Local days out
With the primary focus in October being centred around our Zambia trip (as noted below) and the associated work involved in subsequently sorting and developing the 4000+ images that I took, the month simply flew by without having time to get out locally. We were also away for much of November, but during the time we were at home I did have a day down at Portland
and at Lodmoor
in Weymouth, and another along the River Stour at Blandford
. I didn’t see or photograph anything really noteworthy or unusual on either day, although in saying that it’s always good to spend time on the river watching the otters. Whilst we’re quite used to seeing them at Blandford, it really is a privilege as there aren’t that many places in the south where they’re present. In fact that whole morning on the river was an enjoyable one because, as well as seeing the otters and a few kingfishers, I bumped into a local wildlife photographer friend who I haven’t seen for a while - it was good to catch up and swap news.
Otters - River Stour, Blandford
December started slow, but with some pleasant weather towards the end of the month it turned out to be a rewarding time. In addition to adding two new species to my ‘bird list’, which was a surprise in itself, I finally managed to get a few half-decent shots of goosanders; a bird that I’ve photographed only once before in Scotland at great distance. And, then right at the end of the month I had a very memorable morning down at Radipole Lake
where, together with a couple of other lucky photographers including my wife Tris, spent well over an hour close to a large flock of feeding bearded tits.
Just before Christmas someone mentioned that a pair of wood ducks had taken up temporary residency on Eyeworth Pond
at Fritham in the New Forest. I thought it might make a change to go there, because as well as the wood ducks there are often a few mandarin on the pond at this time of year. I’ve photographed mandarin ducks there before, but never wood ducks. The mandarins are now breeding in some areas of the country and it looks as though wood ducks could be following them. They’ve been seen on this pond before and, therefore, unless they’re ringed it’s impossible to know whether the pair that were there at Christmas are the same birds, escapees or possible vagrants from North America. Being a pair I tend to think that they are now genuine wild birds whatever their origin. Anyway they were in the wild so for me it was a new species.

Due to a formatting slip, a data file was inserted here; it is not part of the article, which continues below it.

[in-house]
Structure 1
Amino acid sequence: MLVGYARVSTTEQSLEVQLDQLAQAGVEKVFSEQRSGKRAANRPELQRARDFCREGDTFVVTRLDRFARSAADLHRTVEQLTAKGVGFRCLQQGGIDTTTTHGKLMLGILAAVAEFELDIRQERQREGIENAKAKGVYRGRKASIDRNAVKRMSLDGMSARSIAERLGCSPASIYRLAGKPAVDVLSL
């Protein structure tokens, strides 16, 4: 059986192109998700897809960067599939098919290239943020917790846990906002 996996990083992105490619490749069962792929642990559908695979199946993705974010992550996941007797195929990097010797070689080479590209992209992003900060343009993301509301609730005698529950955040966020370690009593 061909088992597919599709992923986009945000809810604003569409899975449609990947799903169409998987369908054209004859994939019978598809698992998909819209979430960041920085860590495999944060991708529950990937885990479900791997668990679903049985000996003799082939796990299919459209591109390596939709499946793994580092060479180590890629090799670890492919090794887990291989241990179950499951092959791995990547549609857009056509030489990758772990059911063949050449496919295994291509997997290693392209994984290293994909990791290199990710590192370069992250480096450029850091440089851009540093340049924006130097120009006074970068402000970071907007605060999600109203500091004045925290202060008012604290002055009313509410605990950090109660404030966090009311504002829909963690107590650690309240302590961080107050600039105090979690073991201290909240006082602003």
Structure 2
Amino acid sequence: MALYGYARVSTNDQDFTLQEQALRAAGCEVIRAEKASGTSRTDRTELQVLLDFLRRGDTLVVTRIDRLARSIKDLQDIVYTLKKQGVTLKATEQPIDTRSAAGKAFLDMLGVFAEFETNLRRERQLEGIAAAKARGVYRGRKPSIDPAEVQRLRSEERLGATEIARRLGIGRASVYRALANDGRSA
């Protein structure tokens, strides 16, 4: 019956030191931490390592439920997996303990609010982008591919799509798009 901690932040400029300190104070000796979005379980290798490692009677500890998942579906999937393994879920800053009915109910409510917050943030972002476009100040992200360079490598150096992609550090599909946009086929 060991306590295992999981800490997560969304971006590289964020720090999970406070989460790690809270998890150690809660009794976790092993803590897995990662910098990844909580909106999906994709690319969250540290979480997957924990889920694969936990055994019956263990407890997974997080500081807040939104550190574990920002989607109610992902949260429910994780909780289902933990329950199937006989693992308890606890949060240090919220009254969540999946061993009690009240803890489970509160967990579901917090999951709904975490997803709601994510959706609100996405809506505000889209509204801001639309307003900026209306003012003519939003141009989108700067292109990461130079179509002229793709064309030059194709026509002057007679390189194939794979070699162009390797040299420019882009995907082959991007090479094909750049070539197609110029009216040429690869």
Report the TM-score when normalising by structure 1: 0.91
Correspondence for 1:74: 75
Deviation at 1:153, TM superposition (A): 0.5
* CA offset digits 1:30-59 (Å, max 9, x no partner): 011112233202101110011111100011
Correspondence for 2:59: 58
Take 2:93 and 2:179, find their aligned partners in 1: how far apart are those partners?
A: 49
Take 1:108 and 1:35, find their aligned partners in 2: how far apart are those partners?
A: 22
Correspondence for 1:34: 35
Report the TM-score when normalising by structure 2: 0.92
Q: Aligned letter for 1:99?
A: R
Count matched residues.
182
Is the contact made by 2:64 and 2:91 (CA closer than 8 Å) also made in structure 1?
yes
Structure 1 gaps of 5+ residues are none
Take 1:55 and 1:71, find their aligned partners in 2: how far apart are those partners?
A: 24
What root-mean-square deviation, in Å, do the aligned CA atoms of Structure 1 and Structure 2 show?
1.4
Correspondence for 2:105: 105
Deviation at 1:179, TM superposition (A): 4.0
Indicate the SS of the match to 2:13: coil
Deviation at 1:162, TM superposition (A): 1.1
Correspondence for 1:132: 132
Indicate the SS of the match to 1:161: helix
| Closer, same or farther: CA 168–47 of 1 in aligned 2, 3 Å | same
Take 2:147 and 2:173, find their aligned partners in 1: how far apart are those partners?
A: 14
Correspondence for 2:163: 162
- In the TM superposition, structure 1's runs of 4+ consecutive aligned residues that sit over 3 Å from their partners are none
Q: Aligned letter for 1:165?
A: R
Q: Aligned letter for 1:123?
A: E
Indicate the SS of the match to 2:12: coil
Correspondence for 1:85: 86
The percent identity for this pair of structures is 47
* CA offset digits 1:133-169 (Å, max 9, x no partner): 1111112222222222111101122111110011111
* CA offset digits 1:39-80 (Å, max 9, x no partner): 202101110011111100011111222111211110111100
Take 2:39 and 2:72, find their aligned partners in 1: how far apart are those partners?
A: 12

But, it was when I was told that there were also some goosanders there that Tris and I decided to take a drive out. The problem was that it was Boxing Day and it was sunny so, not surprisingly, quite a few other people had the same idea of getting out into the forest. Unfortunately Eyeworth Pond is a rather pleasant spot that’s popular with dog walkers and families and, consequently, not long after we arrived the small car park started to fill up. The people didn’t make any difference though as neither the goosanders or wood ducks were present. It was disappointing and, to make matters worse, we were talking with a local chap who said that just a few days earlier there had been 30+ goosanders there but, presumably because it’s only a small pond with limited fish stocks, they’d moved on. So, instead we turned our attentions away from the pond and spent our time photographing some woodland birds, such as robin, blue tit, coal tit, nuthatch and treecreeper, but also my first marsh tits.
That was going to be it until another Flickr contact went there the following morning and managed to get photos of the wood ducks and a couple of mandarins, and some shots of a male goosander that flew in later on. Back we went the following morning, being the first vehicle in the car park, but again there was nothing on the pond other than mallards. And this time the cars and dog walkers, and joggers and families, and bird watchers and other photographers, descended earlier and in greater numbers than before. The situation was not one I would have chosen for a day out photographing wildlife and with nothing on the pond we were about to head off somewhere quieter when suddenly out of nowhere three goosanders flew overhead circling before two came in to land on the far side. An hour or so later the other joined it - they were all females birds.